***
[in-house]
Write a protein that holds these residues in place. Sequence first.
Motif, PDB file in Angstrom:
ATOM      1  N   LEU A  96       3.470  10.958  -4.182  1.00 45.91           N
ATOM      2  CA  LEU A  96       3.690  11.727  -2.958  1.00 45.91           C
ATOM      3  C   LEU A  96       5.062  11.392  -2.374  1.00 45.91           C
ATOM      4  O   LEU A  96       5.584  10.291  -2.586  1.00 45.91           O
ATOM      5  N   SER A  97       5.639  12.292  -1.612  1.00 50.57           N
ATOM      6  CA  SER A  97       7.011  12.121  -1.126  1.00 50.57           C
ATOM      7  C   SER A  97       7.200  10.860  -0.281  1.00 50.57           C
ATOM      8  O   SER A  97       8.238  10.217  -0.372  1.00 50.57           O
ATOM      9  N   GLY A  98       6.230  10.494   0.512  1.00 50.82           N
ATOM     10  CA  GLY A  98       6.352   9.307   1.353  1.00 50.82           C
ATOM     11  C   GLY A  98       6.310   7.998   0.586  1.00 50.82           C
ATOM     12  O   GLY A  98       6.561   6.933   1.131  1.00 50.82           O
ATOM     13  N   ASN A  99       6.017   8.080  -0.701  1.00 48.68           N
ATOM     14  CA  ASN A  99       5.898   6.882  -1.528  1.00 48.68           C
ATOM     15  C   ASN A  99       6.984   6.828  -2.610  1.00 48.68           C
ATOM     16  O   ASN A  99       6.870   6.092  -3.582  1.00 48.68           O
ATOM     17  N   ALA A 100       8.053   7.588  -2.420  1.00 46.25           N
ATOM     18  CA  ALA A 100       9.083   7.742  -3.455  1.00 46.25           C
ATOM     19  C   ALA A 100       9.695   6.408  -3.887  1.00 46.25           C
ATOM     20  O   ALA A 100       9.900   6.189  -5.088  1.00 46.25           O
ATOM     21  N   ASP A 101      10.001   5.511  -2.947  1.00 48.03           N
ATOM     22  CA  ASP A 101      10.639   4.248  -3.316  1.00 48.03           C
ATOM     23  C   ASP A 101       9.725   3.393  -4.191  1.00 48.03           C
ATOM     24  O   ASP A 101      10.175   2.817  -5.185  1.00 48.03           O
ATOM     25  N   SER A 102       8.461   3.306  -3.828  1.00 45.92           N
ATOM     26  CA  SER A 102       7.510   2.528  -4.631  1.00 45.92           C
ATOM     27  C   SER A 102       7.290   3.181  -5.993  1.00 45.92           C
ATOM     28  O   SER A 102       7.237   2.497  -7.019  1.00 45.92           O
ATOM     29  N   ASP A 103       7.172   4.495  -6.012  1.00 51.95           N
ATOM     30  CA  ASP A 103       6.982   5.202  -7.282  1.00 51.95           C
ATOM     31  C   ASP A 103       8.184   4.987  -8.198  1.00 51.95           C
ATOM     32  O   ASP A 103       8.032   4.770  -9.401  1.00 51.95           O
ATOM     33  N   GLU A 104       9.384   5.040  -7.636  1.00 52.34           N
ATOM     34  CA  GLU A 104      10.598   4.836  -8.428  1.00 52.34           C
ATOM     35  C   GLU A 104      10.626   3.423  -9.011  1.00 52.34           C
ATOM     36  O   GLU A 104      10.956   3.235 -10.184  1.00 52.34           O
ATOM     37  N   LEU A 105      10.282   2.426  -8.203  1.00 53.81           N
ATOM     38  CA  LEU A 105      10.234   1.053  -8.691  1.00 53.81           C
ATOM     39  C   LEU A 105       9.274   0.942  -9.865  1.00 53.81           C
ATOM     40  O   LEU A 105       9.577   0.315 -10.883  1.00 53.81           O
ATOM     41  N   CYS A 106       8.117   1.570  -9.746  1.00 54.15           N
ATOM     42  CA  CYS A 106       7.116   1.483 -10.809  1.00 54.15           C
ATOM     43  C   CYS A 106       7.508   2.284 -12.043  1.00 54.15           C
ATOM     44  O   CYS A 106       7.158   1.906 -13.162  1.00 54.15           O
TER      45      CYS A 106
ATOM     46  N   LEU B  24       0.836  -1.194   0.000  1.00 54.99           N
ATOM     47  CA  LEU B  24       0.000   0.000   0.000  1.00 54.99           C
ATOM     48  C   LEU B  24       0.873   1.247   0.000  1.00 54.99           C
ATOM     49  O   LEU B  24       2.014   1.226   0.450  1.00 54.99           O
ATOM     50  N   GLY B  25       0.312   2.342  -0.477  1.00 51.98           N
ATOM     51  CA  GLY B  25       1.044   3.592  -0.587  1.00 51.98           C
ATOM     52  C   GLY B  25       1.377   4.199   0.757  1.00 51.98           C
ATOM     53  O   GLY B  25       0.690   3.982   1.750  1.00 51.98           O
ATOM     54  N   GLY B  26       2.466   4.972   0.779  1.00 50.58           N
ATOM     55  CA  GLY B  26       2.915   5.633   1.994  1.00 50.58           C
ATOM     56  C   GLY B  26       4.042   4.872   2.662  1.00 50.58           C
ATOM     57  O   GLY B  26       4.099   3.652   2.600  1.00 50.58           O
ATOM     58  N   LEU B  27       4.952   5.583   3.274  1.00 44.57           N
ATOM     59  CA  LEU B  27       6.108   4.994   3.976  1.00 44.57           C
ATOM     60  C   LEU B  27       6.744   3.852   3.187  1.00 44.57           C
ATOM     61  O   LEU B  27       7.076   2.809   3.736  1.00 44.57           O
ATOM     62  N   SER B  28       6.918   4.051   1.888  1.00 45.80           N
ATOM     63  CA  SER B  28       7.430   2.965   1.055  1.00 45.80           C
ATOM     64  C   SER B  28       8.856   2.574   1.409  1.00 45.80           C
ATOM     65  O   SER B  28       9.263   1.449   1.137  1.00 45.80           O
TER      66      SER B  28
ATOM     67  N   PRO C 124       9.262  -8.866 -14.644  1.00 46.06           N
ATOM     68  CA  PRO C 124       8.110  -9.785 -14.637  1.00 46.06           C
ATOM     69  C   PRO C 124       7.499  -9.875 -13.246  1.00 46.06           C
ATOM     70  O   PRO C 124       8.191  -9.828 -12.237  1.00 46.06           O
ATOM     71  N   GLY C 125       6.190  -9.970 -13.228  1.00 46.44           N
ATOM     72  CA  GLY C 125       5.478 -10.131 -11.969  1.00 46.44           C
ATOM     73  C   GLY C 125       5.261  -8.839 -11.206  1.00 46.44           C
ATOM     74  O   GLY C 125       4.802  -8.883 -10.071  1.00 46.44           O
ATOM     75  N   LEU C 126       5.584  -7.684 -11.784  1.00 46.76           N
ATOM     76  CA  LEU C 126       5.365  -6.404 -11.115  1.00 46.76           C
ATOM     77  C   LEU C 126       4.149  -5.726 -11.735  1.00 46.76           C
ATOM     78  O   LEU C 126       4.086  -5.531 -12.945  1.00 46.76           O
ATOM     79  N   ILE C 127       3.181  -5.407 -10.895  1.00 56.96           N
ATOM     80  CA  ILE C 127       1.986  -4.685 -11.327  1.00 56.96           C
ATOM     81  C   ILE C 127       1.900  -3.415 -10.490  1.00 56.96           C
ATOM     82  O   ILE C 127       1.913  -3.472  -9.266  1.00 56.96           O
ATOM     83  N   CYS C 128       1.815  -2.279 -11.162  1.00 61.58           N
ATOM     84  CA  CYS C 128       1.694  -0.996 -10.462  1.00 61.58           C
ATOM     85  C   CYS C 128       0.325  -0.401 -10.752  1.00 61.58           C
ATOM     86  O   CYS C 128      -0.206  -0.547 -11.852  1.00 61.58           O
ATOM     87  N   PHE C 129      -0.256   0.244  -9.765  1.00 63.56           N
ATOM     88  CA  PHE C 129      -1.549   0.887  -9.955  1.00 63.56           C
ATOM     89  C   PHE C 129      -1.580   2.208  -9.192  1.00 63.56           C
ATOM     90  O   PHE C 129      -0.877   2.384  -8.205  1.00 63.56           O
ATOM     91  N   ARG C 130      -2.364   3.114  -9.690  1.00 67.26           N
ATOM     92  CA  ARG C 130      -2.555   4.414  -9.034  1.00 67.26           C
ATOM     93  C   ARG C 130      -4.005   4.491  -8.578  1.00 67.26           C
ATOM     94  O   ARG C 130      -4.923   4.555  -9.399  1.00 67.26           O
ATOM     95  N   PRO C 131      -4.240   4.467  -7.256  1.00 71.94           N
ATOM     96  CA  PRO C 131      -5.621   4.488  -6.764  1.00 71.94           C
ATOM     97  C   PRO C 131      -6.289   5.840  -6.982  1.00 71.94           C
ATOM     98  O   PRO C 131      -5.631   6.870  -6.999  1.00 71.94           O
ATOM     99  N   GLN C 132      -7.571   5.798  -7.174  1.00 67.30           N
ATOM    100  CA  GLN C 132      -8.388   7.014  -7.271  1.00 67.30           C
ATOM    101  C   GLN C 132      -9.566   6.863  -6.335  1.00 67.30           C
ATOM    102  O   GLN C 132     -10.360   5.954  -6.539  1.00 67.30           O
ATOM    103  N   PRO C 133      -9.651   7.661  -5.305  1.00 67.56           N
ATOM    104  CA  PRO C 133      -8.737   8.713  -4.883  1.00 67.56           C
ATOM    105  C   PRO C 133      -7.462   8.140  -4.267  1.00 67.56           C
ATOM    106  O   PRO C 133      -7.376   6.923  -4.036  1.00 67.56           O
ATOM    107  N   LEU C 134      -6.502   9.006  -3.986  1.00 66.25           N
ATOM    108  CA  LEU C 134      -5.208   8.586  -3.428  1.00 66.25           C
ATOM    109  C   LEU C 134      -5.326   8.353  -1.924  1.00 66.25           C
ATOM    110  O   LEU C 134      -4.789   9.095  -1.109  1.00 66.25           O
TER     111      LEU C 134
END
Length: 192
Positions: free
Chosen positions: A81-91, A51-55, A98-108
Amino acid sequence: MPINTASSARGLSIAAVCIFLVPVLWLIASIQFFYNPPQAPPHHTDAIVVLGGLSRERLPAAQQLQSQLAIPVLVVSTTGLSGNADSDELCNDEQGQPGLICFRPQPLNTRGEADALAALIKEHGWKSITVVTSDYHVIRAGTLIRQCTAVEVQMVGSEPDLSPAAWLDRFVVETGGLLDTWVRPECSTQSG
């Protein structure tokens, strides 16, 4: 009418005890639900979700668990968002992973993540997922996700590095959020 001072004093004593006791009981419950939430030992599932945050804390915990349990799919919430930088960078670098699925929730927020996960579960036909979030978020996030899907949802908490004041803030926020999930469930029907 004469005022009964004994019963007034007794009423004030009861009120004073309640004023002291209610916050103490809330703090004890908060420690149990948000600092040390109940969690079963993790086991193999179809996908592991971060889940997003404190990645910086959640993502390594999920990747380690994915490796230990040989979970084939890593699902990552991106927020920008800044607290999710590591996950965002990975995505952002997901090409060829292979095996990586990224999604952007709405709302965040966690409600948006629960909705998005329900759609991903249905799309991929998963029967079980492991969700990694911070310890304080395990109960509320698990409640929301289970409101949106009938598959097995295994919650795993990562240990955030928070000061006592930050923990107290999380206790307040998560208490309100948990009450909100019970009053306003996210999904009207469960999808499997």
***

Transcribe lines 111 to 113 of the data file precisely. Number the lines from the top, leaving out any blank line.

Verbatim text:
ATOM    108  CA  LEU C 134      -5.208   8.586  -3.428  1.00 66.25           C
ATOM    109  C   LEU C 134      -5.326   8.353  -1.924  1.00 66.25           C
ATOM    110  O   LEU C 134      -4.789   9.095  -1.109  1.00 66.25           O